Something very troubling is happening in our community when it comes to the local media’s scrutiny of those in power.
Since returning to Warrnambool in January, I have watched with growing disbelief at the apparent reticence of our once-proud local newspaper, The Standard, to go in hard and ask the tough questions of our leaders.
This is what journalists do. This is the role of the so-called ‘Fourth Estate’ – to be the watchdog of the powerful and give voice to the powerless.
It is an essential part of our democracy and ensures that we retain an open, transparent and accountable government – on all levels.
This past week, we saw national scrutiny of MPs’ spending, sparked by revelations that Prime Minister Abbott had claimed allowances for trips to weddings, triathlons and cycling events.
Was our local federal MP Dan Tehan asked by our paper to detail the $873,992.35 that he spent from 2010-12? No, instead this figure was not even mentioned, but rather the paper’s story (10/10) reassured us that he had claimed $321,000 in ‘legitimate government entitlements’. End of story.
There is no suggestion that Mr Tehan used his allowance improperly, but nor is it improper for a journalist to forensically examine this spending. This is exactly what independent journalist Margot Kingston did when she broke the story about Tony Abbott claiming more than $9000 in taxpayer funds to promote his book.
It is only by drilling down into the detail that all the facts can come to light.
Earlier this year, Warrnambool Mayor Michael Neoh visited China as part of a Sister City relationship with Changchun. Shortly after his return, The Standard ran a story (29/6) about Mr Neoh visiting his ancestral home in China and catching up with relatives.
Was this part of the official tour for which ratepayers paid $3500 for both Mr Neoh and Council CEO Bruce Anson?
Did Mr Neoh pay for this portion of the trip himself? Again, there is no suggestion of impropriety by Mr Neoh, but we don’t know the answer to these questions because, it appears, they weren’t asked.*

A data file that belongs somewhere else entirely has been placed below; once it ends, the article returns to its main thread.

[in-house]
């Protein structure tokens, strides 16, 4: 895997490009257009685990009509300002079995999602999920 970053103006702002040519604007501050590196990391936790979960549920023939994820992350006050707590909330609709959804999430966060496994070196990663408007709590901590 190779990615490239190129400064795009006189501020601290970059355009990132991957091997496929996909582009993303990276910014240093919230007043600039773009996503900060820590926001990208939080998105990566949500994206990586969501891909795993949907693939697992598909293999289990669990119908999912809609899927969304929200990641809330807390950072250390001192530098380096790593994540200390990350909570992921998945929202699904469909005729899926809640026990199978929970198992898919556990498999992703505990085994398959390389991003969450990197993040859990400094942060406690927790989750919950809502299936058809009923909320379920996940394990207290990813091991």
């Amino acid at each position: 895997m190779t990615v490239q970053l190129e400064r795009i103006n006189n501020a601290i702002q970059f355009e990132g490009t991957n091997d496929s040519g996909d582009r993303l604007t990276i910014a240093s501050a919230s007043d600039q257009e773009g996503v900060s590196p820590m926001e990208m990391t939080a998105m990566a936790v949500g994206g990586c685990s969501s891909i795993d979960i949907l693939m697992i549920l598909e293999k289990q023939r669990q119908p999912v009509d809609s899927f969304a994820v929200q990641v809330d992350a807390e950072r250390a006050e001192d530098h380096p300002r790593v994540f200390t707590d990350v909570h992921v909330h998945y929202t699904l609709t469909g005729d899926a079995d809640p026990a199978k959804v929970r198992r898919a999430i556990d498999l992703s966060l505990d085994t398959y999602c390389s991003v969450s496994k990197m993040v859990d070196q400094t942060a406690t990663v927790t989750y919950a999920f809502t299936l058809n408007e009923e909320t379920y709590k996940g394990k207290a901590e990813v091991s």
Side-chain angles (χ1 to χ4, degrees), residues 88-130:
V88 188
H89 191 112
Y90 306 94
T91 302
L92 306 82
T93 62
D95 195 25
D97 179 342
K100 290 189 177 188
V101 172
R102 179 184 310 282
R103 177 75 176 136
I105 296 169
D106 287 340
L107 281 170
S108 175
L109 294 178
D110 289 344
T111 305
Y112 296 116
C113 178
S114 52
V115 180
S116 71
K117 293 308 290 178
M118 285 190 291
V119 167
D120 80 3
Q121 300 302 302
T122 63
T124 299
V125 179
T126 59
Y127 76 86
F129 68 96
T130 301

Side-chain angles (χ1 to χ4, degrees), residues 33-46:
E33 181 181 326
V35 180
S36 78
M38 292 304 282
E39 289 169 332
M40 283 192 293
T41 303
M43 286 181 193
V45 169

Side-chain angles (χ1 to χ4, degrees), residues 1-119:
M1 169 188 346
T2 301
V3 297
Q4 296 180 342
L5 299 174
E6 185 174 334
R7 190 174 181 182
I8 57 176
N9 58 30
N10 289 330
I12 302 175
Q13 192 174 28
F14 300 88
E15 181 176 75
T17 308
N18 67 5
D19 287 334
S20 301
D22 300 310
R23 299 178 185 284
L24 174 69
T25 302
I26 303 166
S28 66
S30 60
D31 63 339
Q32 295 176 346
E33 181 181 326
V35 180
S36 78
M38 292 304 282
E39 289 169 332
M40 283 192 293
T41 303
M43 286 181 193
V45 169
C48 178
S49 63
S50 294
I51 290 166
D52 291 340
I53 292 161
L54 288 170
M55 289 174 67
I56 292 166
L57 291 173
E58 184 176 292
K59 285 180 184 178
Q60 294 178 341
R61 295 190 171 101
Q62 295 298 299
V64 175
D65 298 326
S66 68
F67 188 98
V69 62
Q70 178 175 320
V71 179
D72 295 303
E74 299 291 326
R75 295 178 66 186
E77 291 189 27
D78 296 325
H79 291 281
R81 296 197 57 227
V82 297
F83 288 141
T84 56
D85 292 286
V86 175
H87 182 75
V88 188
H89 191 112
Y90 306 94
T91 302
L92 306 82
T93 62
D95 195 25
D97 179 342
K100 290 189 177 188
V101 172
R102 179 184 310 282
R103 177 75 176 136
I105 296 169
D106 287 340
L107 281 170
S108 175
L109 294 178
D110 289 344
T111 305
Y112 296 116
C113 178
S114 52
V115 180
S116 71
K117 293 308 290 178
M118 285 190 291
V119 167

And when others do ask the prickly, difficult questions, the response is sometimes extraordinary.
Last month, Cr Peter Sycopoulis and several council colleagues questioned whether Mayor Neoh and Mr Anson needed to attend a Sister City function in Japan – expected to cost ratepayers $4000 – given they had just been to China.
For this, the councillors were chastised by the newspaper as being ‘party poopers’ (11/11). What?
And let’s not forget the infamous ‘Wilma Wright’ letters to the editor. These were published by The Standard for four years – four years – without anybody apparently checking the identity of the author, who was revealed as Mr Anson’s son and who at one point used the cover of his pseudonym to openly attack several councillors, including Cr Sycopoulis, in the lead up to a council election.
(Mr Anson, it must be noted, was cleared of any involvement in his son’s activities).
The names in this column – Mr Tehan, Mayor Neoh, Mr Anson – are irrelevant: it is the public, important positions that they hold that makes them open to scrutiny and a higher standard of accountability.
This is the hard work of journalism.
It is much harder, more time consuming and nerve-wrecking than writing story after story about courts and crime (ie. the powerless) where all of the leg work has been done, yet it is critical if we are to have faith in our media as the watchdog it is intended to be.
If it fails in this task, it is nothing less than our democracy which suffers.
* The Warrnambool City Council has since confirmed to Bluestone that Mayor Neoh did fund this portion of his travel.
- I began my journalism career as a cadet at The Standard in 1989.
- I was an open supporter of ALP candidate Michael Barling during the last federal election because I thought he was the best option for Wannon. It was the first time I voted Labor in many years: I normally vote Green.
- I know Cr Sycopoulis through his family: his older sisters and I went to school together.